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Often when discussing the Trinity, Christians refer to Genesis Chapter 1, where 'the Father' says 'let there be', while 'the Son' is that word, and 'the Spirit' brings creation into perfection. Sure this seems easy to us with an understand of the trinity in retrospect under the light of the gospel, but my question is did the 'pre-Christian church' ever see this? In particular, I am wondering about the very creation of the world, was this ever though of in connection with the promised Messiah?

Somewhat related question:

Were the Jews expecting the Messiah to suffer at all?

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there was no "church" until Jesus instituted it :) –  warren Jan 28 '13 at 13:39
    
@warren - yes the New Testament church, I am refeering to the body of believers in Christ before his appearing in the flesh, like Abraham who was our father as our faith is like his. The word 'church' is not used in the Old Testament as this is a Greek word, but in Hebrew it is usually translated 'the congregation' or 'assembly'. That is what I refer to the assembly of believers in Christ, before his appearing. –  Mike Jan 28 '13 at 14:26
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I'm tempted to vote to close this, firstly because before Jesus 'the Son' would have been identified as 'the Word' if anything at all. Secondly, because it's not a question about Christianity. If anything, it's a Jewish doctrine and/or history question. –  svidgen Jan 29 '13 at 15:43
    
I have a fascination with what Jews thought of Messiah before Christ as it is the cultural context to explain in more depth many passages of the gospels. Also I have an interests in the trinity as understood and developed over time. You can vote to close but I would understand that as short-sited on key historical development of the core doctrines of Christianity. Besides I do not think there will be many tempted to join you. By the way my use of the word Son was also related to Messianic concepts 'Kiss the Son' Psalm 2 - was understood as Messianic by ancient Jews. –  Mike Jan 29 '13 at 23:05
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@Mike I think rewording this question slightly would resolve the contention. –  Daи Jan 30 '13 at 19:08
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1 Answer 1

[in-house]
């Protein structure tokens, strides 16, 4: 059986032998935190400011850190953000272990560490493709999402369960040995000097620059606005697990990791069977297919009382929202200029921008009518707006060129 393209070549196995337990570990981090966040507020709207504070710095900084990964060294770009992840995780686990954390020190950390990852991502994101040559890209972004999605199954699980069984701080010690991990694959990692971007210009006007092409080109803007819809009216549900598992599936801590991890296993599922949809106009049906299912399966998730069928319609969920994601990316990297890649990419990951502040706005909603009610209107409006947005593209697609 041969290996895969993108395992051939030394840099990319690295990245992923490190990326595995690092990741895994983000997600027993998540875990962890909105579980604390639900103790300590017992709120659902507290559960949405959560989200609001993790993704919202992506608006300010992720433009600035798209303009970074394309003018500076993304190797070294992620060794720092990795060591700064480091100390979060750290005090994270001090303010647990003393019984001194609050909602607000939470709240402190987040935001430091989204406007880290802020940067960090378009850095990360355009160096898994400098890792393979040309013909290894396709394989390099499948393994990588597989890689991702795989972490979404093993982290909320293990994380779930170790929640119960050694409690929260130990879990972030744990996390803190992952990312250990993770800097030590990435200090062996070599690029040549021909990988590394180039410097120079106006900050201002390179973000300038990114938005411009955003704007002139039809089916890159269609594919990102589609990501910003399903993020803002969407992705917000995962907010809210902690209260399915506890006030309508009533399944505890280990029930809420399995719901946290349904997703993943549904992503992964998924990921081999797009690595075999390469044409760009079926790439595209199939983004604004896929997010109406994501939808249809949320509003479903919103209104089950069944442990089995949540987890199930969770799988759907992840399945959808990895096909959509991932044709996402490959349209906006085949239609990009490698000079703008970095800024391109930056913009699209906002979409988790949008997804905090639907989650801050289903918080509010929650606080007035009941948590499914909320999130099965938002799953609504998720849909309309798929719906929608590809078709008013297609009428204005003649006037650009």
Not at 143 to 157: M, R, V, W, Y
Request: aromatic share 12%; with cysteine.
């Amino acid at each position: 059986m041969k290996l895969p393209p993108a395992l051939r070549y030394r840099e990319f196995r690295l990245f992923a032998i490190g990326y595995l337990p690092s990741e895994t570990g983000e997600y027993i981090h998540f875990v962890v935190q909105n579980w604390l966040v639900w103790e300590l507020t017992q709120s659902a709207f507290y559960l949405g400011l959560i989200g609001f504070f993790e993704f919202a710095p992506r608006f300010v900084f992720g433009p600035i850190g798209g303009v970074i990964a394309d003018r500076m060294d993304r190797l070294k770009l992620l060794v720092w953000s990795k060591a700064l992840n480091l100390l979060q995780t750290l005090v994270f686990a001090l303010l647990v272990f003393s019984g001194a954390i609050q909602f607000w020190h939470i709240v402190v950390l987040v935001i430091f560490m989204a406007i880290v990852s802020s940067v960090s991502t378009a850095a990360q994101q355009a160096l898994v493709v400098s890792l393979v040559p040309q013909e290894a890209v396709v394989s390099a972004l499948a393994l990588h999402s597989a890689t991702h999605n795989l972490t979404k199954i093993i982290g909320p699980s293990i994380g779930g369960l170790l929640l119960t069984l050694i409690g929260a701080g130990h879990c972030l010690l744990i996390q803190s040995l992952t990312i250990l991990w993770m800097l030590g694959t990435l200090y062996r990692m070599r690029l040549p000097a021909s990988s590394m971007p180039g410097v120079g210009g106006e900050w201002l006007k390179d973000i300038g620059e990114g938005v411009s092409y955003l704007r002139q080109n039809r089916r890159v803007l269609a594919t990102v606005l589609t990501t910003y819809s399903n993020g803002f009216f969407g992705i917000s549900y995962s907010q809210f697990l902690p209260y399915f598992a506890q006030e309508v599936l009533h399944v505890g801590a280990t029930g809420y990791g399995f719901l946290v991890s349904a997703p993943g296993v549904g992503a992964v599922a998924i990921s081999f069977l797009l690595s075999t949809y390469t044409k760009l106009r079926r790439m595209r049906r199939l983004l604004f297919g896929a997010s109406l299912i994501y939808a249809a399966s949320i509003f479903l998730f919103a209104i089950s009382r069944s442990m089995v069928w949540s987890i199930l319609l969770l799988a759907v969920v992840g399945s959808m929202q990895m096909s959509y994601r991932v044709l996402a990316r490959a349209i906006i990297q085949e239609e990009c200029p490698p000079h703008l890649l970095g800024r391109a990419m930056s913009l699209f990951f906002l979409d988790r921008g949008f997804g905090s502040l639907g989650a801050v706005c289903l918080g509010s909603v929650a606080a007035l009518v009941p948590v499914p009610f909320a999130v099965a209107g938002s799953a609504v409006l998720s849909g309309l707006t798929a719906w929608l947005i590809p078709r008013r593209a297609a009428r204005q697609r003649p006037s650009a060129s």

Surprisingly some ancient rabbis did actually draw the connection of the Messiah to the creation of the world. Under this classical Messianic text, a connection was made:

There shall come forth a shoot from the stump of Jesse, and a branch from his roots shall bear fruit. And the Spirit of the Lord shall rest upon him, the Spirit of wisdom and understanding, the Spirit of counsel and might, the Spirit of knowledge and the fear of the Lord. (Isaiah 11:1-2, ESV)

Accordingly there is an ancient rabbinic reference recorded by the Jewish historian Alfred Edersheim that understands this Spirit, to be the Spirit of the Messiah in the creation of the world.

In Gen. 1:2, the expression, ‘Spirit of God,’ is explained of ‘the Spirit of the King Messiah,’ with reference to Is. 11:2, and the ‘moving on the face of the deep’ of ‘repentance,’ according to Lam. 2:19. So in Ber. R. 2, and in regard to the first point also in Ber. R. 8, in Vayyik. R. 14, and in other places. (The Life and Times of Jesus the Messiah, by Alfred Edersheim)

Although it is found in scripture that Messiah is also God, it was not commonly understood that the Messiah was God by the Jews until it became evident during Christ's life on earth. Yet this does not mean that the Messiah was not believed to be pre-existing before his physical appearance. The idea that he was preexisting and associated with the Spirit of Jehovah was quite commonly understood. Although they did not see things clearly they did see enough to recognize the truth when they finally saw it in Christ manifested in the flesh. Why else do we suppose so many Jews first put their faith in him as their Messiah and God?

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